Celebrating three years of this blog!
6 November 09
It was in November 2006 that I first started blogging, with my first post introducing “Brioni” as our second daughter’s name. Later I filled in some posts for earlier dates, using emails to family and the photos I had taken as a prompt for specific articles.
In 2006, blogging was a growing medium — exciting, cutting-edge and misunderstood — not nearly as pedestrian as it is now. In 2006, Technorati was tracking over 57 million blogs. Today that number has probably tripled, with last year’s statistics putting it at 133 million.
In 2006, outsiders still couldn’t see what the fuss was all about. Now, however, blogging is seen as a legitimate news source. Advertising on certain blogs makes enough money that mothers can stay at home all day and just blog, bringing their husbands home too — true! Like me, millions blog about their daily lives primarily as a way of keeping friends and family informed.
Some unexpected benefits of consistent blogging include:
A diary record of your children’s lives:
Remember baby books? They marked milestones and kept track of firsts. If you’re anything at all like me, you started out with good intentions. Your first child has a comprehensive baby book, religiously filled out (at least for the first couple years).
Your second child’s baby book started well, but somehow you never quite got around to noting when their teeth came in, first haircut, and were they 13 or 14 months when they started walking? Your third child — well, do you even own a baby book for her? And your fourth — perhaps you just give up and declare defeat to the impossibility of maintaining a true record for your fourth child.
Unless you blog. Then you’re covered.
A motivation to take regular photos:
Do you keep the camera hidden safely away and only bring it out for special occasions? When looking back at photos of my own childhood, it’s the photos of the ordinary that fascinate me most.
I peer around the poses, trying to catch glimpses of the background that was once so ordinary and unimportant, but cannot now be reclaimed. Fashions, hairstyles, beloved toys, trends in technology — it’s interesting to see these in old photos and remember what it was like. This will be the same for you and your children.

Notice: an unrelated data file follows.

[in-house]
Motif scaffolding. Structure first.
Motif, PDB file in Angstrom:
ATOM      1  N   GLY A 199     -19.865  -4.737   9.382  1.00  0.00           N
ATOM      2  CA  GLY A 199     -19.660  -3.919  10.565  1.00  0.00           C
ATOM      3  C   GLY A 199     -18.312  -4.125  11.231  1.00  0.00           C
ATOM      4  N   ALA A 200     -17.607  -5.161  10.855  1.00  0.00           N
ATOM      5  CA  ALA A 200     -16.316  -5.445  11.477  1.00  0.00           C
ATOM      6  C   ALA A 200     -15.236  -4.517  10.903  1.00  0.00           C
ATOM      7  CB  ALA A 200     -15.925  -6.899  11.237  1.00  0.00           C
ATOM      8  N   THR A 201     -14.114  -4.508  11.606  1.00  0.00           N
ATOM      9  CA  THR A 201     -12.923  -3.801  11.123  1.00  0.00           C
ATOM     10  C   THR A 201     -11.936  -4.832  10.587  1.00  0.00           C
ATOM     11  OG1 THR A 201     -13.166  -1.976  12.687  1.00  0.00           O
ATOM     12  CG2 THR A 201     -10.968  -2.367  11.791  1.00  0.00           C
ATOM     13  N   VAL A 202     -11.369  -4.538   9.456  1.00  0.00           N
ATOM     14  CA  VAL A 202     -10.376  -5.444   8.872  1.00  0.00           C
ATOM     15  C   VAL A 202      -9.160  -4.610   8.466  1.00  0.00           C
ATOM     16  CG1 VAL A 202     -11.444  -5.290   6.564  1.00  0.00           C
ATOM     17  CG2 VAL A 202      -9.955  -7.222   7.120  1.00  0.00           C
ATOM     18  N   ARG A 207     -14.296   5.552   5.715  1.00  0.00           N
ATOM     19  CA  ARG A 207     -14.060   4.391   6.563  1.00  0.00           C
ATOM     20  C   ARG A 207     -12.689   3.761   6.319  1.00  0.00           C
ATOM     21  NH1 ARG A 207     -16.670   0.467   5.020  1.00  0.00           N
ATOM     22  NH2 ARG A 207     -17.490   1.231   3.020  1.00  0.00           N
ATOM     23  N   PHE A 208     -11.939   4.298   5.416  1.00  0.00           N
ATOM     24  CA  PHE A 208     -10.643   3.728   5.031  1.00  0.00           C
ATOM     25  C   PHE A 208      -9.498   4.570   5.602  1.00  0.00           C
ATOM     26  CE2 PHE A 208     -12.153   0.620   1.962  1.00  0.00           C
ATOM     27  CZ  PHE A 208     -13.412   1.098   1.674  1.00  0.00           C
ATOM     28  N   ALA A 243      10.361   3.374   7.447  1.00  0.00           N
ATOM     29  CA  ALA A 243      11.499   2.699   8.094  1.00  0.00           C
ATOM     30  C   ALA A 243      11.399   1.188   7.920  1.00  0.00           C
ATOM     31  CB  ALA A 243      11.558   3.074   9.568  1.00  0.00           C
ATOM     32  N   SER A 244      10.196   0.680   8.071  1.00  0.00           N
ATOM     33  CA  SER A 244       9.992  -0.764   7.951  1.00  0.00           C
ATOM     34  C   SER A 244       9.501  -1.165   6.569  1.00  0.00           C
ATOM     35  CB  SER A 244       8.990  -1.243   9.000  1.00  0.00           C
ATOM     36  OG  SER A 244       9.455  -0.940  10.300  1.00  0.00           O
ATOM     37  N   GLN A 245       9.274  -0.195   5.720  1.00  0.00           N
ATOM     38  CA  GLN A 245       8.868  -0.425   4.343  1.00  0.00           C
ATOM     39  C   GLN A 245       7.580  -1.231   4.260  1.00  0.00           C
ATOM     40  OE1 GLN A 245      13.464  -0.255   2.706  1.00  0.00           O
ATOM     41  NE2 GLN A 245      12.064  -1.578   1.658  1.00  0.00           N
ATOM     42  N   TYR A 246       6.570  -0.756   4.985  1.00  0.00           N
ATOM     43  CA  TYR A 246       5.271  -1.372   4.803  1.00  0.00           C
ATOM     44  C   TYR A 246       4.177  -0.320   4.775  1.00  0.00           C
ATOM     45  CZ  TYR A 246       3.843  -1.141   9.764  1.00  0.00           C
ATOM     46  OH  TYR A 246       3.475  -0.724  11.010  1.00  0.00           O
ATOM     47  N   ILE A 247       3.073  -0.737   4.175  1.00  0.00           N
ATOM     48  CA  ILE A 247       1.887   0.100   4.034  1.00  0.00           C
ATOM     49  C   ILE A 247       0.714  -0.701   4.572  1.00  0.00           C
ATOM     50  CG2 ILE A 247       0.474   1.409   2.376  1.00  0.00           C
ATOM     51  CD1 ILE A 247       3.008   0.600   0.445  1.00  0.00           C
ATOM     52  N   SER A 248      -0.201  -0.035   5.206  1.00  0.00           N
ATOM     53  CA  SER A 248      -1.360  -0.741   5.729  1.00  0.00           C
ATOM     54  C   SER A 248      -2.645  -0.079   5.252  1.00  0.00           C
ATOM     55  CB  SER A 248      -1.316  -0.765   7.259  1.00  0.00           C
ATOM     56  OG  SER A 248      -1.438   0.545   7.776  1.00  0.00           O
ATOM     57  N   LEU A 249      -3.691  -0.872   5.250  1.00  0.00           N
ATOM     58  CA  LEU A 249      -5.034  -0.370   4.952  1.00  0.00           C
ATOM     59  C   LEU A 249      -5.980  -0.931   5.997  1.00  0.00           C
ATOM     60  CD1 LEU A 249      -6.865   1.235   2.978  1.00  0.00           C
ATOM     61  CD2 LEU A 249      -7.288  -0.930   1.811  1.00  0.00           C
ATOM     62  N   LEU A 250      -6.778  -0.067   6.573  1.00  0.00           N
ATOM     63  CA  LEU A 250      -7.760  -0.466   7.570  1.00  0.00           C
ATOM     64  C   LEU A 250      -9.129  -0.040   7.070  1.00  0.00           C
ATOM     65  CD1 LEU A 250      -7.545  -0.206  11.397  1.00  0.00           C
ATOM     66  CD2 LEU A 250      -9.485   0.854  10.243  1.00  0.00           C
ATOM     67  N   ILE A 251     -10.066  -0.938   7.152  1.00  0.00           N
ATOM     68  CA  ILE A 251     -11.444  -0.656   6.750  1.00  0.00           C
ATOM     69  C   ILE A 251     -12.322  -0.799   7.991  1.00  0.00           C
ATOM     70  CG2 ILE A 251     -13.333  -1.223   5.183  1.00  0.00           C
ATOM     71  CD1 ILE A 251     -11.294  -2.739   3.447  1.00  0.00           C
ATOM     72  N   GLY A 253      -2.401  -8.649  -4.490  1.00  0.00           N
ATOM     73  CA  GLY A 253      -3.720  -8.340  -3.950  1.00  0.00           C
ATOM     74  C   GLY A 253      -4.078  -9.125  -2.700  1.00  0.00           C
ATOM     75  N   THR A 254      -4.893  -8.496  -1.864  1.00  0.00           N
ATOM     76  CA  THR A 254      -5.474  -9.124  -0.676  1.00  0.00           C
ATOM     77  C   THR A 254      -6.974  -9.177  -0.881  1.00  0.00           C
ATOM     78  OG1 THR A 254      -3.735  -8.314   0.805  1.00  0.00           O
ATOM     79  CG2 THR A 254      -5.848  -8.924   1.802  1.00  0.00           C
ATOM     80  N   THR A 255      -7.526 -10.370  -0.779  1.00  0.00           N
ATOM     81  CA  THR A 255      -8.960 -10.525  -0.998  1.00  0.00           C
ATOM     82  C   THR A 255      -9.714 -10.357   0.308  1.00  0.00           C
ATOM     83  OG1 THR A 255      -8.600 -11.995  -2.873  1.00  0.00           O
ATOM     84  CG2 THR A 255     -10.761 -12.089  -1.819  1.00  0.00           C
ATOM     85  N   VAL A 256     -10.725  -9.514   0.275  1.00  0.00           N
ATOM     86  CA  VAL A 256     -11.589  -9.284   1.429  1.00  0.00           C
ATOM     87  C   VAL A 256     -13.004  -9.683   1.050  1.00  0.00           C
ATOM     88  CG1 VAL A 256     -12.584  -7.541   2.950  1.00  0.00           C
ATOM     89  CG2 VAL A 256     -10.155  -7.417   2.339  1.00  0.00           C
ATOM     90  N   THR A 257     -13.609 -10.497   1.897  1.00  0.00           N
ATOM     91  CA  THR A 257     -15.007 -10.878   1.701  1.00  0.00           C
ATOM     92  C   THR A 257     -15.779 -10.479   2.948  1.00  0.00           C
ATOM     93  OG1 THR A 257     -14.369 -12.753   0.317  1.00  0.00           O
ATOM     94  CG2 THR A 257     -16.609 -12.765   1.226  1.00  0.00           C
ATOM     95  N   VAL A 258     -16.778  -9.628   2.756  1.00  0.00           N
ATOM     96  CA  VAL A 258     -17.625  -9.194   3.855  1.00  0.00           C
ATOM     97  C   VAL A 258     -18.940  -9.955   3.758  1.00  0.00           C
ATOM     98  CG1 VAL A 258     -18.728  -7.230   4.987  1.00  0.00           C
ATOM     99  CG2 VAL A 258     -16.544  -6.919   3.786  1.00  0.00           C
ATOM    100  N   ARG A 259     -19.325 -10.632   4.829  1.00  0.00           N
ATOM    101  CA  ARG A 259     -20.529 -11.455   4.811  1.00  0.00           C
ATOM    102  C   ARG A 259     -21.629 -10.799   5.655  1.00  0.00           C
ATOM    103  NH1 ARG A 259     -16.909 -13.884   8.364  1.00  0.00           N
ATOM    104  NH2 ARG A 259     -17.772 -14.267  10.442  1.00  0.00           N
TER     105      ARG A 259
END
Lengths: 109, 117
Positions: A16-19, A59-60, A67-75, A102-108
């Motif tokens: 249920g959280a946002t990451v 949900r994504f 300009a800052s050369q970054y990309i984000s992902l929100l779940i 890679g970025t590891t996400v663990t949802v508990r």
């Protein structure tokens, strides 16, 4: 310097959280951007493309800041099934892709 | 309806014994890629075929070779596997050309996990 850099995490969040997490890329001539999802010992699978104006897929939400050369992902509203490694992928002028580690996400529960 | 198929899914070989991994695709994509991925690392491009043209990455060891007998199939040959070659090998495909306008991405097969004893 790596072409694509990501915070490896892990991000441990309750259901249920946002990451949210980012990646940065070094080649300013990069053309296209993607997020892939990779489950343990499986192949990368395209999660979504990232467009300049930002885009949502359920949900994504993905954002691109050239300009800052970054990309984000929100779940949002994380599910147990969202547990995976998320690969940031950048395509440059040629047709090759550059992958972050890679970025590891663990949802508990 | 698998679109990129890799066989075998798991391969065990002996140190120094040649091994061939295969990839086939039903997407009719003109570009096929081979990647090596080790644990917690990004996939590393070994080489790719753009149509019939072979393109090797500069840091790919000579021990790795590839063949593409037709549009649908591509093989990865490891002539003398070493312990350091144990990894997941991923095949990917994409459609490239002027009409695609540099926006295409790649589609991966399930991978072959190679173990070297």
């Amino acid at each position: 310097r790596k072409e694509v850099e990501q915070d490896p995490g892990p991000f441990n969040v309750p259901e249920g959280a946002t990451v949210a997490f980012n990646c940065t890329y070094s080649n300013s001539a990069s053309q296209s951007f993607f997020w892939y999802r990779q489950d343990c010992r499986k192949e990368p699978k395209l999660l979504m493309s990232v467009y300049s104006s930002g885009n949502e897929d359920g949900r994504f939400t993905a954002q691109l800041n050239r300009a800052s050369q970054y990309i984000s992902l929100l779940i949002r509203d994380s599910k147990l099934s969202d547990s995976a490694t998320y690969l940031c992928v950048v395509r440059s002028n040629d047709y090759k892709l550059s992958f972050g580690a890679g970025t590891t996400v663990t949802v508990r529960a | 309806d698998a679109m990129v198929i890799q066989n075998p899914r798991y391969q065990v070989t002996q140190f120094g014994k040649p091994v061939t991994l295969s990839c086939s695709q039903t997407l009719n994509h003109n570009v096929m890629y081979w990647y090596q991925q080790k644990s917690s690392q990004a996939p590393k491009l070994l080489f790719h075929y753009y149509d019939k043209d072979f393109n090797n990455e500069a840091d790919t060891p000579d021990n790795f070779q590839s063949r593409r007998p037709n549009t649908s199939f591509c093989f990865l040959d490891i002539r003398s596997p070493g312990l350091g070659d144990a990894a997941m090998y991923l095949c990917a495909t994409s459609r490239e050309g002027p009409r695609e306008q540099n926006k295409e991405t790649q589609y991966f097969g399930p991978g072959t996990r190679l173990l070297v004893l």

Blogging gives you a reason to take a photo when the kids are looking cute or just because. And it provides the medium in which to display the cutest pictures — only temporarily highlighted but accessible for the future.
An outlet for the creative spirit:
Writing. Playing with templates. Composing pictures. These are a relief among the washing, cooking, cleaning, bottom-wiping, swim-lessons, library trips, supermarket forays, playground supervision, etc., that otherwise define my life. Without a blog to play with, articles to write and faithful readers who encourage me with their comments, I may just shrivel up and die under the clothesline.
A connection with friends all over the world:
Reading other people’s blogs reminds you that they’re going through the same struggles you are. And when you receive comments on your posts, you realise that other people are identifying with you too.
Blogging can re-connect you to old school friends (Hi, Anne!), keep you in touch with those who live around the corner (Yo, Lorna!) and establish connections of commonality with those you’ve never met, but would love to (You, Katherine!).
The friendships are so worth it.
If you aren’t blogging yet, start one. Aim for one post a week, and work up from there. Tell your friends and family about it. Don’t worry about boring your readers (or should I?). Remember, those who love you are interested in your adorable children too, they care when you’re sick or feeling low, and you’ll want to remember every exciting outing long after you record them.